PBS lands first streaming deal with YouTube TV

This is the first digital partnership of its kind for PBS. (PBS)

While commercial broadcasters have found plenty of space on streaming TV services, PBS has long been on the outside looking in. But now the organization has its first virtual MVPD carriage deal.

During Television Critics Association Summer Press Tour, PBS today announced that it has secured carriage for its member stations on YouTube TV. This includes live, on-demand and DVR access to PBS and PBS Kids. Starting later this year, YouTube TV will livestream all PBS member stations that choose to participate.

“We’re excited to launch our very first local livestream on YouTube TV,” said PBS Chief Digital and Marketing Officer Ira Rubenstein in a statement. “Our goal is to reach as many Americans as possible with content that educates, inspires and entertains. As a broadcaster that is rooted in communities, we appreciate YouTube’s commitment to local content, and we are pleased that this service provides audiences with access to programming that is produced and distributed by our member stations.”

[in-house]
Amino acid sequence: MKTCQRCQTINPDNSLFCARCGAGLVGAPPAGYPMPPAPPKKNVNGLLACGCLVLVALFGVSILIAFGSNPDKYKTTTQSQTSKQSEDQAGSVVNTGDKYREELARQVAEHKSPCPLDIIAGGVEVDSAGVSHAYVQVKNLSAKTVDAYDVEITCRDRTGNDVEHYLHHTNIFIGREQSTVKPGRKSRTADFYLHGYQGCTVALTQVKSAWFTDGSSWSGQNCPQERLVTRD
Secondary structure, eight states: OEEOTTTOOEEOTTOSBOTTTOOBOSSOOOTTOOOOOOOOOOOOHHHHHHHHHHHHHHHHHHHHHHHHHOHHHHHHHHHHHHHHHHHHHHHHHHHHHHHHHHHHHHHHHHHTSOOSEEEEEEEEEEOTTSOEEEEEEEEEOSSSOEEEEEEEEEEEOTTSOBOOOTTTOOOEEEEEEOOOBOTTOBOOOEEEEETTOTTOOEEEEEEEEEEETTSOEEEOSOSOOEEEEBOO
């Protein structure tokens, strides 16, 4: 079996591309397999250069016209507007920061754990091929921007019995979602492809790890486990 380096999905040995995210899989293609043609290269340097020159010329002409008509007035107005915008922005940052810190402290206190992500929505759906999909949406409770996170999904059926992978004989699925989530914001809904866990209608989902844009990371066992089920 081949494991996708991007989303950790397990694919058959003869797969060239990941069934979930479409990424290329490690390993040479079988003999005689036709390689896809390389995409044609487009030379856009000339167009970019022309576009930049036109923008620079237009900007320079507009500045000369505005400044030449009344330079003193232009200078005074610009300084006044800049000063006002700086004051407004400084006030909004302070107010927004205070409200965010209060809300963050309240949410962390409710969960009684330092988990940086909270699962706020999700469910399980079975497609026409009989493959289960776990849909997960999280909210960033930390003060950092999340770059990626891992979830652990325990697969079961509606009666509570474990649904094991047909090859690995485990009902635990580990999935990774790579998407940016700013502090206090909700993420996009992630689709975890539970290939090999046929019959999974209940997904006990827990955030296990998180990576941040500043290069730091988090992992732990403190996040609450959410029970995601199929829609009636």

RELATED: PBS’ most-of-the-above digital-video strategy

In March, Rubenstein told the Current that PBS was in talks with all the major live-streaming TV services.

“We’ve spoken with every provider that offers live linear streaming,” Rubenstein told the publication. “Some are open to having local station feeds, and some absolutely won’t. Obviously, we are talking only to those that support the local streams.”

PBS has thus far been absent from virtual MVPDs for a few reasons. There are digital rights that need to be managed, but also there’s a corporate foundation that amounts to a collection of independent stations. Jason Seiken, a former PBS executive who founded PBS Digital Studios and is now CEO of the digital consultancy QCatalyst, told FierceVideo earlier this year that those local stations were wary of how they would factor into the flagship PBS station’s digital plans.